Q: Are there any natural remedies for thinning hair?
A: Chances are, you can blame heredity (at least partly) for your thinning hair. Hormones may also play a role. (You may be surprised to learn that thinning hair more commonly affects women than men, who tend to get receding hairlines.)
In particular, hormonal changes such as those following pregnancy, menopause, or stopping use of birth control pills may be responsible. In such cases, taking hormone-balancing herbs may help. Consult a knowledgeable herbalist to determine which of the following are right for you: dong quai (Angelica sinensis), ashwagandha (Withania somnifera), damiana (Turnera diffusa), black cohosh (Cimicifuga racemosa), or sage (Salvia officinalis).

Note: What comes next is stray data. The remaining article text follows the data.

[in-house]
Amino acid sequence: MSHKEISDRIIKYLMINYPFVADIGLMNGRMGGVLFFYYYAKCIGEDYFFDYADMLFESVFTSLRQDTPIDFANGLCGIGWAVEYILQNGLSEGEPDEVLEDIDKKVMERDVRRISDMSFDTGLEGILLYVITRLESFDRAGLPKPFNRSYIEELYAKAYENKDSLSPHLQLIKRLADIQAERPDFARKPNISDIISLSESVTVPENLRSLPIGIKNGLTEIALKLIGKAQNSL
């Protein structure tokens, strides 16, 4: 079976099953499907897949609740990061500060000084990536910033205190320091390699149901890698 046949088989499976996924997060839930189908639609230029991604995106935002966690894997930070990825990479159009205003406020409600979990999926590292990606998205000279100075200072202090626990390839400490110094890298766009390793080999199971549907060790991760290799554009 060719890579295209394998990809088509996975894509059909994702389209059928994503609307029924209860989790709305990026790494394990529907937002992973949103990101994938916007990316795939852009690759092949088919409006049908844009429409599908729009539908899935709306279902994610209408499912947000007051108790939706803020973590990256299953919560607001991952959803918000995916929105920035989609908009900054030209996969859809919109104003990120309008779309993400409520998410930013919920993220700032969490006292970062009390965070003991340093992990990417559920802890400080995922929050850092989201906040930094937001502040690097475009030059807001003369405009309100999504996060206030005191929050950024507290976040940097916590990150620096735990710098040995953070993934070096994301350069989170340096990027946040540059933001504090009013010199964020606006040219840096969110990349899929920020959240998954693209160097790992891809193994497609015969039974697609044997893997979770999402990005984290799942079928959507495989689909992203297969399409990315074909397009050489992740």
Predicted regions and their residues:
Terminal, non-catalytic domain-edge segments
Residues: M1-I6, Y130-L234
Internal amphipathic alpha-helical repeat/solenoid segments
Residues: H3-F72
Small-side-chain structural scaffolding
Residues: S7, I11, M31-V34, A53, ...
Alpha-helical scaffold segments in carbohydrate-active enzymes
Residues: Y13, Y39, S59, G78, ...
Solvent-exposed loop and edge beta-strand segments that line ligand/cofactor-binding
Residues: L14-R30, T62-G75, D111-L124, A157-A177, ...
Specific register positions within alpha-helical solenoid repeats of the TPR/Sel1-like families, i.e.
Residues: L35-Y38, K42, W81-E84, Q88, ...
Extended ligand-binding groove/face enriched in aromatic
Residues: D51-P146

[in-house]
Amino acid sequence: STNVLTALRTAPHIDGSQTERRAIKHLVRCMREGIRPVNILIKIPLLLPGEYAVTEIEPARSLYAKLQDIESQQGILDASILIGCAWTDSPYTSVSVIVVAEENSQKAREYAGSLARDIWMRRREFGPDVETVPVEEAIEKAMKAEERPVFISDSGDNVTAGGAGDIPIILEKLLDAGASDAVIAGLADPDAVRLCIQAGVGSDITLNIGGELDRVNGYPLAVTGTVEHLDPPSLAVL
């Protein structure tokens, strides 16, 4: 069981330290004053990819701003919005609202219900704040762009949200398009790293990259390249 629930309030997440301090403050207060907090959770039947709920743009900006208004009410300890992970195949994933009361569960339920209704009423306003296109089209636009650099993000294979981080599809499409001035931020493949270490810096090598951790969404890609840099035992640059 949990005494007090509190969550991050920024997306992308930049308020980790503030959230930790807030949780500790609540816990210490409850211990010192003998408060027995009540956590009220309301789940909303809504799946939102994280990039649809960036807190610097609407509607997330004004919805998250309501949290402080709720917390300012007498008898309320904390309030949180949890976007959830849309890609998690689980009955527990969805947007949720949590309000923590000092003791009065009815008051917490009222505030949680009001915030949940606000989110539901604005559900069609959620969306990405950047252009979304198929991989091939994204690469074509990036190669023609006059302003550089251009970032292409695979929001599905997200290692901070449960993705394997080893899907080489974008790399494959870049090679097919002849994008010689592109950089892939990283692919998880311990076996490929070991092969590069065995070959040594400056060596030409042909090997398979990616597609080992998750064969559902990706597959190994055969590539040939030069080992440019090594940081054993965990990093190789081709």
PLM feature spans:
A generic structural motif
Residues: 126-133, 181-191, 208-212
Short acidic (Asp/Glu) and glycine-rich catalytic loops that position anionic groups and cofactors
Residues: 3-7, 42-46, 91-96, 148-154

Other possible factors include stress, smoking, anemia, thyroid problems, and rapid weight loss from dieting.
As yet, there is no quick way to reverse thinning hair. A handful of studies show that applying essential oils and topical saw palmetto (Serenoa repens) can help. And taking certain supplements can strengthen brittle hair. Good ones include: essential fatty acids (fish, flax, or borage oils), the B vitamin biotin (50 to 2,000 mcg daily), and silicon (1 to 2 mg daily). Also consider taking zinc (25 to 50 mg daily); this mineral promotes hair growth.
This Q&A was written by Victoria Dolby Toews, MPH, a health journalist based in the Pacific Northwest, where she and her family enjoy hiking and cycling.